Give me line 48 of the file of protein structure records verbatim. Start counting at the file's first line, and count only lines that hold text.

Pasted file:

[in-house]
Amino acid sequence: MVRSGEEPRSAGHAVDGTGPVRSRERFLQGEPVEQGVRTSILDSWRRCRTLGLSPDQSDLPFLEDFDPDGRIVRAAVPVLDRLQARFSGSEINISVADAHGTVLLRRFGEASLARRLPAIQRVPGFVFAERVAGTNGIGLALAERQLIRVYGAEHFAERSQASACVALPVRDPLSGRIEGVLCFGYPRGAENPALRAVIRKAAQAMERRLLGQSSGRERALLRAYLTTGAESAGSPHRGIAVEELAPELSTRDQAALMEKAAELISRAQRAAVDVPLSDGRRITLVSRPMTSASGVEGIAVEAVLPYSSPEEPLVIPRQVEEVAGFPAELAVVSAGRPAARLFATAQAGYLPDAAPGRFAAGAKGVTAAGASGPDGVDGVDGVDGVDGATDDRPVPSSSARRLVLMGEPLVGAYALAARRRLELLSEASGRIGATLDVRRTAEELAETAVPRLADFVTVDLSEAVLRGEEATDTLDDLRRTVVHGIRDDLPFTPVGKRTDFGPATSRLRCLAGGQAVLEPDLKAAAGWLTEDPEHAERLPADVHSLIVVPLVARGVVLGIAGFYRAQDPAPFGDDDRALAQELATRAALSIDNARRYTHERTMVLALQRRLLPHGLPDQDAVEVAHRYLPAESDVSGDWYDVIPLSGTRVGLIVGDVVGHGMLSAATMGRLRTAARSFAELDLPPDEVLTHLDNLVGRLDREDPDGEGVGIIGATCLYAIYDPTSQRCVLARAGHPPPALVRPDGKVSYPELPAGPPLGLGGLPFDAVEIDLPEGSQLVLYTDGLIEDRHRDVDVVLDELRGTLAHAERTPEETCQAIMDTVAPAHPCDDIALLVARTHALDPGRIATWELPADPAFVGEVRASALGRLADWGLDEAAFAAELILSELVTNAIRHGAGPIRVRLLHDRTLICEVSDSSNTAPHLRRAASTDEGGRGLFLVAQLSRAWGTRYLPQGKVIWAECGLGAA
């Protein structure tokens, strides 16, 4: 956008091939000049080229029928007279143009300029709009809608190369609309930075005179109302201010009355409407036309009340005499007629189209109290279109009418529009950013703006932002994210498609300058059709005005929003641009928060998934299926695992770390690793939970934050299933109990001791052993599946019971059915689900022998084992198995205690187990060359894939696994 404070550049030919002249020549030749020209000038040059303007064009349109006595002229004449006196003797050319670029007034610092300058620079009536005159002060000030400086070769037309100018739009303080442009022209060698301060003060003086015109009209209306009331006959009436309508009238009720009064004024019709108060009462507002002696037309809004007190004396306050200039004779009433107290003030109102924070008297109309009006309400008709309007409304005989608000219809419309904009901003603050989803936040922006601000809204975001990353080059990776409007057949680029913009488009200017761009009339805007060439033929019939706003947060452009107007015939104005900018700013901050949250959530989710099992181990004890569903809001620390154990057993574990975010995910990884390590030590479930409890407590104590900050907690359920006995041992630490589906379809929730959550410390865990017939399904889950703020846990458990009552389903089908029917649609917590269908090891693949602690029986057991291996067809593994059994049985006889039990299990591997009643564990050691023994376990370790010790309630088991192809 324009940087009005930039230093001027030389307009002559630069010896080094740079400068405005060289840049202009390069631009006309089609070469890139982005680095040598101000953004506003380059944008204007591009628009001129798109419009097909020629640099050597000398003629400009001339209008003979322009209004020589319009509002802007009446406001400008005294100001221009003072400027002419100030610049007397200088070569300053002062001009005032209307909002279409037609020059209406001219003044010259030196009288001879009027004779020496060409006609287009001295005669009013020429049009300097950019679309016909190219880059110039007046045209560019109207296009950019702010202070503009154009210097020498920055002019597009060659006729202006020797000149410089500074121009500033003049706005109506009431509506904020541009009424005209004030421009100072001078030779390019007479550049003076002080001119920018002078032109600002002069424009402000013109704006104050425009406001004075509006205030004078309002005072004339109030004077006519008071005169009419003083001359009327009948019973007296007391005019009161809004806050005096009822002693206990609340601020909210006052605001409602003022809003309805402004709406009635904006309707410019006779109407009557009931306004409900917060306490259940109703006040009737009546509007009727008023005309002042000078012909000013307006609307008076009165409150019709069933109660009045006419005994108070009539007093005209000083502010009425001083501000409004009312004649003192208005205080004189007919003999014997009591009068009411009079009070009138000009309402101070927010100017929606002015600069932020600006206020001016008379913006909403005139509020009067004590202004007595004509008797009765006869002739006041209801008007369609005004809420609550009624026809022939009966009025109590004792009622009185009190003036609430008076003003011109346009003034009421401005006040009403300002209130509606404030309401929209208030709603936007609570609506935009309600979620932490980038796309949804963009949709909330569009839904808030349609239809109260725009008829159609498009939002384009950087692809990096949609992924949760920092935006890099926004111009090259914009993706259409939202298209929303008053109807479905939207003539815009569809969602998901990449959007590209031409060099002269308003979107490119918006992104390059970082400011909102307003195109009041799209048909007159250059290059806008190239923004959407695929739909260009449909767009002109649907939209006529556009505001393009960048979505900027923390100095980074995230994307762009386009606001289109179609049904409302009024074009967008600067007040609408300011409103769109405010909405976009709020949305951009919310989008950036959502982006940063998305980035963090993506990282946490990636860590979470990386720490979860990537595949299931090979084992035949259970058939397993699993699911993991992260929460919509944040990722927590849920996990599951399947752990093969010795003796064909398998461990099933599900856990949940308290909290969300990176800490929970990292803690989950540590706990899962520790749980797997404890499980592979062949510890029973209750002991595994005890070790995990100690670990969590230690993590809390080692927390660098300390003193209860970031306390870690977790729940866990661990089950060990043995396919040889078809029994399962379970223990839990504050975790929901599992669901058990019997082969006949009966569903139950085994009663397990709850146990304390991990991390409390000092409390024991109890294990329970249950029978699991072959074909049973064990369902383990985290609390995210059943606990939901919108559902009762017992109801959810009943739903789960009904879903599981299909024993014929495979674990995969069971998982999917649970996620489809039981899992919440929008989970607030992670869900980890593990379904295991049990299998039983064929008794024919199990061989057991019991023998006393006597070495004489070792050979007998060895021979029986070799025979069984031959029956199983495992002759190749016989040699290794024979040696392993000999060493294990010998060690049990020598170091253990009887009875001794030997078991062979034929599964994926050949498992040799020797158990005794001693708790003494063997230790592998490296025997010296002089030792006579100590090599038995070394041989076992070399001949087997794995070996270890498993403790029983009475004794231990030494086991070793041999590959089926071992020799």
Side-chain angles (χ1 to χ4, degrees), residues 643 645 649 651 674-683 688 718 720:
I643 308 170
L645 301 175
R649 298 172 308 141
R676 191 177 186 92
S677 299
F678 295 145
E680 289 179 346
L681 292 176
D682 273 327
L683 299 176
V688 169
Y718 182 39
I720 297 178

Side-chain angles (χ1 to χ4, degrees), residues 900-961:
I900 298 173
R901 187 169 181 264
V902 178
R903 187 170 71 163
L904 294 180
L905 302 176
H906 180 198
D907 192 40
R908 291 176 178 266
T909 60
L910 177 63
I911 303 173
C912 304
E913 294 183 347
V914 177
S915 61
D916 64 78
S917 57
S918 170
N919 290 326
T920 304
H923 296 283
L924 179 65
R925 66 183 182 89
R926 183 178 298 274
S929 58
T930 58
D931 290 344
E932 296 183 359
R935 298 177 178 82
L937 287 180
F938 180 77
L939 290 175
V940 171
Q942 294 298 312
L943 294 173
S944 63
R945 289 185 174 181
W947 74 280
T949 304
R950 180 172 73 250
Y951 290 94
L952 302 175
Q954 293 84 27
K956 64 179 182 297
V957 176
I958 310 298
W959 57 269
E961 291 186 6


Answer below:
R935 298 177 178 82